THE Russian revolutionary movement, as I indicated at the commencement of my introduction, was the result of the examples and ideas developed in Western Europe, acting upon the minds of the youth of Russia, who owing to the condition of the country were predisposed to accept them with the utmost favour.
I have now to trace out separately the true influences that determined this result, and their respective courses, as in the case of a great river, of which we know the source and the mouth, without knowing either its precise course, or the affluents that have given it such volume.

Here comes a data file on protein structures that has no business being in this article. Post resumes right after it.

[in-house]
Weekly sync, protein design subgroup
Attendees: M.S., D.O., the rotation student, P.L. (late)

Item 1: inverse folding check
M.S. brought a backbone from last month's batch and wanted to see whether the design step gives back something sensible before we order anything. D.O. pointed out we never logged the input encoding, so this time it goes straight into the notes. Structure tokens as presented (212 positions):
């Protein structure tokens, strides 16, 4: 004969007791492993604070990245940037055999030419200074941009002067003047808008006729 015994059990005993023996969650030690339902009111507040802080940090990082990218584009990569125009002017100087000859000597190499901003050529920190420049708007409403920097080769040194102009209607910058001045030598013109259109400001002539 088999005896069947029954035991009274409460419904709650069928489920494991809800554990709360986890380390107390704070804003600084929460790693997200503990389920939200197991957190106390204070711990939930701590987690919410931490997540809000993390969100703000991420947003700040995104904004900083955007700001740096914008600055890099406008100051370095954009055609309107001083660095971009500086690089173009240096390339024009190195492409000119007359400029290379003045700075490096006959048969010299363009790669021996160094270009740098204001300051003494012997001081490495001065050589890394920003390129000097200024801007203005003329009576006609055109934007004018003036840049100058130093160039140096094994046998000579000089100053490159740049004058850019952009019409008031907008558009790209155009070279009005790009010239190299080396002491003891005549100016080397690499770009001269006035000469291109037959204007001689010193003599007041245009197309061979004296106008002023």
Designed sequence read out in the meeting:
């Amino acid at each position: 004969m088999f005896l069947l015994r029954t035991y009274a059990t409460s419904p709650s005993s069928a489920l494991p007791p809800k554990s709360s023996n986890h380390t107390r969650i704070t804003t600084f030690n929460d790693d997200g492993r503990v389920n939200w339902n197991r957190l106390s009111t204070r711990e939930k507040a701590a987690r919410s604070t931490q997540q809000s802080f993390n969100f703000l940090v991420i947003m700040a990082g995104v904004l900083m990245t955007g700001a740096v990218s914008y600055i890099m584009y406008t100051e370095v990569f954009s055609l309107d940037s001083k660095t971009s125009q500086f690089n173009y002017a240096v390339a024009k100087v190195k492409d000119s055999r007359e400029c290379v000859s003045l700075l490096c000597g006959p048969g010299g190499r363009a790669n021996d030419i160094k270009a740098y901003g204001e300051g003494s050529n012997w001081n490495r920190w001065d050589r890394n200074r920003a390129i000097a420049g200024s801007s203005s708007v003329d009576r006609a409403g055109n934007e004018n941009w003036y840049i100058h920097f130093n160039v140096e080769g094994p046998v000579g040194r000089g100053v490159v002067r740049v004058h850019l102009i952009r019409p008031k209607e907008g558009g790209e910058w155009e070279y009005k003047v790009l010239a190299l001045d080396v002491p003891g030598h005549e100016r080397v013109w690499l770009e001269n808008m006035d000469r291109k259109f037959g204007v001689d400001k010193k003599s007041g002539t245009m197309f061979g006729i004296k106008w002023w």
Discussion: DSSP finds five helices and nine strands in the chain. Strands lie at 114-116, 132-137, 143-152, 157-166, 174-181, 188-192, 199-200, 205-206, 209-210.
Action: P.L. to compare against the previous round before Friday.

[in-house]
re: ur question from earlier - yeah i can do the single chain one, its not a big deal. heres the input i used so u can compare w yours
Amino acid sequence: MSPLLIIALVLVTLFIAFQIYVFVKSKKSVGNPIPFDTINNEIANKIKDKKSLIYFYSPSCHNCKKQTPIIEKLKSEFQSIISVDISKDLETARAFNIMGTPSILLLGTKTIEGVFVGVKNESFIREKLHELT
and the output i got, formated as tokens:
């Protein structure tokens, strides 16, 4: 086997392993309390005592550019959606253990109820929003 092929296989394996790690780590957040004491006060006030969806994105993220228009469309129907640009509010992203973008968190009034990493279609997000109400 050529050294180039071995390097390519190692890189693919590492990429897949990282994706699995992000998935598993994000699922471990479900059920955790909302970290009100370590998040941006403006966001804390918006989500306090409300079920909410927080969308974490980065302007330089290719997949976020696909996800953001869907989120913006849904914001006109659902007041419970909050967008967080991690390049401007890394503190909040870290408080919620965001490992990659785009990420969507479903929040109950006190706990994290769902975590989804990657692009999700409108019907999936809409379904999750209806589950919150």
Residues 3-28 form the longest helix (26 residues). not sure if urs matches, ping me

The influence of Europe is very easy to investigate, its course being so simple and elementary. The communion of ideas between Russia and Europe has never been interrupted, notwithstanding all the preventive measures of the censorship. Prohibited books like the works of Proudhon, Fourier, Owen, and other old Socialists, were always secretly introduced into Russia, even under the Asiatically ferocious and suspicious despotism of Nicholas I.